Some have asked whether these hyperlapse solutions are the same as the image stabilization that’s already common in video editing software. Mostly not. Video image stabilization in software is usually designed to address high frequency camera movement during real time recording, like when a clip looks shaky because you handheld the camera.

Advanced video stabilizing software can go beyond basic software or digital stabilization. Some, such as Adobe Warp Stabilizer VFX, try to work out the camera’s 3D motion path instead of analyzing just 2D shifts in position. Like Warp Stabilizer, the Microsoft hyperlapse solution does a 3D analysis of 2D footage, but Microsoft does additional processing to adapt and extend the 3D analysis for time scales as long as those in a hyperlapse.

The Microsoft approach can also be considered a form of digital image stabilization in that each frame is processed after a frame is recorded. In contrast, you can think of the Instagram solution as a variation on optical image stabilization where a camera or lens includes stabilizing hardware such as a gyroscope, so that an image is already stabilized before it’s recorded.

Each solution has a purpose

This overview should make it clear that these different approaches to stabilization aren’t redundant. They all exist because each of them solves a different problem.

Optical, digital, and software-based image stabilization are options for stabilizing footage that’s both recorded and played back in real time. The Instagram and Microsoft methods are ways to stabilize long-duration footage that’s recorded for a hyperlapse playback speed.

Optical stabilization and the Instagram hyperlapse approach use recording hardware that helps produce cleaner source footage. By stabilizing the image that’s originally recorded, there’s less need for additional stabilization processing.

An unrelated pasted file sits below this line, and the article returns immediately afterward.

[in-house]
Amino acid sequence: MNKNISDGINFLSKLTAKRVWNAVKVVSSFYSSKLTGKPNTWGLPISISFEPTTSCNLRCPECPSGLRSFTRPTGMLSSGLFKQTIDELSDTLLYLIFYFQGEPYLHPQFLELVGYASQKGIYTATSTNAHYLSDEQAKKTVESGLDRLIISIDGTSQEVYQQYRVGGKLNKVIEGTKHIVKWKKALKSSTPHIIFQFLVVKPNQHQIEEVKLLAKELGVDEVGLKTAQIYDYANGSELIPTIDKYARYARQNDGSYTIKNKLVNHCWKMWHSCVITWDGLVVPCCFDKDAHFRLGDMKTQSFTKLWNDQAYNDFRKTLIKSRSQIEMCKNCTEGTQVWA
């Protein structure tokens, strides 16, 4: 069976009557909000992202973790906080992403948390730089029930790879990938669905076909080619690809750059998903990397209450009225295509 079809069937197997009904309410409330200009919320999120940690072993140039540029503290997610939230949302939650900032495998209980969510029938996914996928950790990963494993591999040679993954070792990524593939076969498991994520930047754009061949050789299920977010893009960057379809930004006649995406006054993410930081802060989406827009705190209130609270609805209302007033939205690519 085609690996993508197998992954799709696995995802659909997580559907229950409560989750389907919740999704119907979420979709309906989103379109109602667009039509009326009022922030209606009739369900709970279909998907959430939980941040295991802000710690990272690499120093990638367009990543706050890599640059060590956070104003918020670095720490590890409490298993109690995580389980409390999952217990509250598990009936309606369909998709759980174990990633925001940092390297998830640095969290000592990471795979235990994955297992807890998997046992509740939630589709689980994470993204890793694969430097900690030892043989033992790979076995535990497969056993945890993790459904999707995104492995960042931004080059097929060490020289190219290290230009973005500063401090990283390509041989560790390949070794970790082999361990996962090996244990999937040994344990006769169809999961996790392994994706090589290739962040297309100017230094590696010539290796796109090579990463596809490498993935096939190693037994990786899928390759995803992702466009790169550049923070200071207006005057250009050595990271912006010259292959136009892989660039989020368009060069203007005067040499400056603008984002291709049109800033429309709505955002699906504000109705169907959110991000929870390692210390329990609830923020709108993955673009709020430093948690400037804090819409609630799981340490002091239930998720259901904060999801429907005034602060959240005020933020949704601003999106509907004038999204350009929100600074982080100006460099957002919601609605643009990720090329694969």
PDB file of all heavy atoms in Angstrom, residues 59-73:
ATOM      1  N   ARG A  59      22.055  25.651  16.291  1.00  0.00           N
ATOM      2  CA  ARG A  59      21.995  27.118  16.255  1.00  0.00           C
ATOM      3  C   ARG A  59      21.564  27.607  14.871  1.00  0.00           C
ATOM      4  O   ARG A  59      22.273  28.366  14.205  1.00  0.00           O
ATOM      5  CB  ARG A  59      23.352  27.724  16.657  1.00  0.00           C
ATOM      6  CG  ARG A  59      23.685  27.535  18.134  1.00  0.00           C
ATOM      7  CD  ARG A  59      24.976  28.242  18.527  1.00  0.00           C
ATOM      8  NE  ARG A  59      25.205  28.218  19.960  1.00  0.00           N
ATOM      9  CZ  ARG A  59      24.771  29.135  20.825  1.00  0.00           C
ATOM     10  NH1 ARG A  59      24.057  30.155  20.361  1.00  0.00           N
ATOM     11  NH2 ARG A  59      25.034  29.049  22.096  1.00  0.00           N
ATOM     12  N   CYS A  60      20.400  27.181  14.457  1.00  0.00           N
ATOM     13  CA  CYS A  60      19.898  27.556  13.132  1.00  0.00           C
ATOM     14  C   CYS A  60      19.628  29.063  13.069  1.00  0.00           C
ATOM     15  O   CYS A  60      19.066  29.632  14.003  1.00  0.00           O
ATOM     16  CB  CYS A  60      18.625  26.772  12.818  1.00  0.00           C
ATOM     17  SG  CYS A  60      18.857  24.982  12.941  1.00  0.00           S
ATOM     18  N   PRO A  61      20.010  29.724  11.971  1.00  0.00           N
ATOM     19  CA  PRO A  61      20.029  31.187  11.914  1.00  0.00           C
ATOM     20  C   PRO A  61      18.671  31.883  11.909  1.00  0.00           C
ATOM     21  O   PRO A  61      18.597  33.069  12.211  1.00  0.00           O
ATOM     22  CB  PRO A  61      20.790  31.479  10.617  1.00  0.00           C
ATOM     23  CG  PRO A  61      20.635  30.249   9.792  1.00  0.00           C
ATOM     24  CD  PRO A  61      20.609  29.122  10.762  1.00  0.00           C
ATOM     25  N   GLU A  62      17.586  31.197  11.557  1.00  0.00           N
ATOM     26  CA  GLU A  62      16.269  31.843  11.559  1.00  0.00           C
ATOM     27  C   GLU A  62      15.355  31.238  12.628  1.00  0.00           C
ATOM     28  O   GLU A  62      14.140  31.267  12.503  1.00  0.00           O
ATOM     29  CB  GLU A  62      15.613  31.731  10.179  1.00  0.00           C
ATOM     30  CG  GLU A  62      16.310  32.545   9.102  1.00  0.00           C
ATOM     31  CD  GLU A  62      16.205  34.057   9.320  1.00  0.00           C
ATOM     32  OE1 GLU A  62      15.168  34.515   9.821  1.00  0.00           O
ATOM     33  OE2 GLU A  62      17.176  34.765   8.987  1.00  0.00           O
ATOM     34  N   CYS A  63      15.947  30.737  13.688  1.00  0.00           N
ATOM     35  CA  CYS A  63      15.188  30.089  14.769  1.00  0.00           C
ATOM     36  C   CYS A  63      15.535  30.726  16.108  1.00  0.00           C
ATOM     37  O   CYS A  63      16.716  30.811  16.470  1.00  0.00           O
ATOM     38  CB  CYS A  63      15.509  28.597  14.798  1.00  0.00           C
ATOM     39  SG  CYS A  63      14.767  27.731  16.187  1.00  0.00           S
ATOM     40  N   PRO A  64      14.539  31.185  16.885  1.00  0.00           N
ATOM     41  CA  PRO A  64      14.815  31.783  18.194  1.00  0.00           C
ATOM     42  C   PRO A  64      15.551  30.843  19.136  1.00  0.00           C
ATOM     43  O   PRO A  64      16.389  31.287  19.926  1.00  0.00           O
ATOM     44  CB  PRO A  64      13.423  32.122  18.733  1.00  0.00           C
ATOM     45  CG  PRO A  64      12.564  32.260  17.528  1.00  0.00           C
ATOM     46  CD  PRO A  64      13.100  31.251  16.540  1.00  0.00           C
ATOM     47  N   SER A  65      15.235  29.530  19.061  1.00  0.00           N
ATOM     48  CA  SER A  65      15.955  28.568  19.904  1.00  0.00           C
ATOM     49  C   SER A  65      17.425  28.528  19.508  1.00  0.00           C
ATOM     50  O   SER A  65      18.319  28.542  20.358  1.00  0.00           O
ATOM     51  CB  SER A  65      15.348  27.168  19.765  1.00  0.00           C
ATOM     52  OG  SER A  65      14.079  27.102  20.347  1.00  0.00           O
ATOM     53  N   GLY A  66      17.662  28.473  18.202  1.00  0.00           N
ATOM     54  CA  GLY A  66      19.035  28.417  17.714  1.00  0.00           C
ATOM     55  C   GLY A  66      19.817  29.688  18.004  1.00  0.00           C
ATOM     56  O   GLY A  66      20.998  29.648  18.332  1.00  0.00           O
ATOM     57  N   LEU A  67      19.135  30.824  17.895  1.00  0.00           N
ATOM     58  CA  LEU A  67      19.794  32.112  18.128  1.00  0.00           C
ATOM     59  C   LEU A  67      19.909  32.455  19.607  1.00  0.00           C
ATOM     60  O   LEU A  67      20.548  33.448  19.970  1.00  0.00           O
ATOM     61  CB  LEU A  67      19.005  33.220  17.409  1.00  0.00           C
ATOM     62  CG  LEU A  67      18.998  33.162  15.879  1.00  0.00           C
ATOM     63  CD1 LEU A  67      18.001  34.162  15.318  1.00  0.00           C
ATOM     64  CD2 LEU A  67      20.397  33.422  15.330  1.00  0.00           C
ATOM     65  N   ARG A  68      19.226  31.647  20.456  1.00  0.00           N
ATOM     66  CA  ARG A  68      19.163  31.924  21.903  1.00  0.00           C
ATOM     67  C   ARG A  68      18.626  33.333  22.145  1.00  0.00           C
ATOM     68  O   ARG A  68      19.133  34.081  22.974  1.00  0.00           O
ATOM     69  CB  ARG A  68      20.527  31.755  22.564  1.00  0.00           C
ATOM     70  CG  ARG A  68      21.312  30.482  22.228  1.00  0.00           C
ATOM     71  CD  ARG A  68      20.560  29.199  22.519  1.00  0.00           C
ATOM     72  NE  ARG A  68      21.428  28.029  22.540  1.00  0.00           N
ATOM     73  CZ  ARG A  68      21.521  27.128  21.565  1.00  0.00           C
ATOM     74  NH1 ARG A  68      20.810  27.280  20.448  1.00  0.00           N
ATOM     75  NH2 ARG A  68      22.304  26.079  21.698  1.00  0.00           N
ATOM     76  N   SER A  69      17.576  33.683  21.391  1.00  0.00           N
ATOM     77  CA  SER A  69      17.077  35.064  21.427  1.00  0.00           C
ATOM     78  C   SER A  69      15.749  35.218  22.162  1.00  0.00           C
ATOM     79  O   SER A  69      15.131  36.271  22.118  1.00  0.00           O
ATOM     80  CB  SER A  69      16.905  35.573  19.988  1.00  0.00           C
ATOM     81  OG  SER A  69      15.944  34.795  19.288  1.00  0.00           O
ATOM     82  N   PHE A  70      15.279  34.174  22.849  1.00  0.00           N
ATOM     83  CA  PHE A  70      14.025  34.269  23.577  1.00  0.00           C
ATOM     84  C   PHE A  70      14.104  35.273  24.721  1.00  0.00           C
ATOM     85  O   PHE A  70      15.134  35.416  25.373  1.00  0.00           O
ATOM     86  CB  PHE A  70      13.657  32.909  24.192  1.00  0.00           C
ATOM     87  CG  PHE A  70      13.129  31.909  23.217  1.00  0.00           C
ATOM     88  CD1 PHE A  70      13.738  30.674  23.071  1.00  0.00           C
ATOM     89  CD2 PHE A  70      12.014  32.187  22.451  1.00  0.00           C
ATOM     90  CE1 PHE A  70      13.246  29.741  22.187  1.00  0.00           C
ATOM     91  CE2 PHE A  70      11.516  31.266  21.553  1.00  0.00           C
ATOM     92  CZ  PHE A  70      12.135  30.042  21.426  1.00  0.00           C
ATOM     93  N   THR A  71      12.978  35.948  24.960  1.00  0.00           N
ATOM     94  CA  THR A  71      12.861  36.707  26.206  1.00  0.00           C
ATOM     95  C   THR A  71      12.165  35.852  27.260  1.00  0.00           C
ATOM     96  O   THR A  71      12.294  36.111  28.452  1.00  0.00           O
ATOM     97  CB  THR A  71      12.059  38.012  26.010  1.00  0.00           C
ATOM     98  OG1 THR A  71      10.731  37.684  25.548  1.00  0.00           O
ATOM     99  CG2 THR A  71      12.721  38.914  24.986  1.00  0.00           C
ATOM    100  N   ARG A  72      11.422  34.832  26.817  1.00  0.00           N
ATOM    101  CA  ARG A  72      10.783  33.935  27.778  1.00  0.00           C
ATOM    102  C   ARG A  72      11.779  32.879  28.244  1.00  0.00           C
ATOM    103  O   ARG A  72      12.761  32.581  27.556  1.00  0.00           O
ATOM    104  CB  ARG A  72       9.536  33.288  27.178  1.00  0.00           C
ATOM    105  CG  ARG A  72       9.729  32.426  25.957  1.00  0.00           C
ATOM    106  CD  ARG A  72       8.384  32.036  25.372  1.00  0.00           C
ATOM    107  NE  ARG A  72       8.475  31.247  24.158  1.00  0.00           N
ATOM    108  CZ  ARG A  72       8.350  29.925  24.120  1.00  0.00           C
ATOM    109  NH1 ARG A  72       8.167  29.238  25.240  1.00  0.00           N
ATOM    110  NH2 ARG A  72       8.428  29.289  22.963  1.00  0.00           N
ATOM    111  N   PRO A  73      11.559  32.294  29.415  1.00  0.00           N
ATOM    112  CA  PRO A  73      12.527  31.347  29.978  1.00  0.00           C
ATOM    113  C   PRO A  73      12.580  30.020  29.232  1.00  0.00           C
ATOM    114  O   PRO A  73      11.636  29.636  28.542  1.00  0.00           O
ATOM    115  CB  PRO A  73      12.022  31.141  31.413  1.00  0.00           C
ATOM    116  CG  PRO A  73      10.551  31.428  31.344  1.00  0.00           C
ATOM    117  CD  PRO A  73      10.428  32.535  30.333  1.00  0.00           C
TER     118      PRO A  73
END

Digital image stabilization, image stabilization in video editing software, and the Microsoft hyperlapse approach are for post-processing footage that was recorded without physical orientation data from the hardware. They require more processing power, but they work with recordings from any camera.

Editing Highlights and Shadows in Adobe Lightroom and Camera Raw — article

Adobe Photoshop Lightroom and Adobe Camera Raw have two sets of controls for making tone and contrast adjustments: The Basic panel Tone sliders and the Tone Curve. Because the slider names in these two sets of tools are almost the same, some believe that both sets of sliders do the same thing, while others believe the newer Basic Tone sliders are better and there is no longer a need for the Tone Curve. But neither statement is true: A closer look reveals that each set of controls affects your images in subtle but important ways.

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Editing Highlights and Shadows in Adobe Lightroom and Camera Raw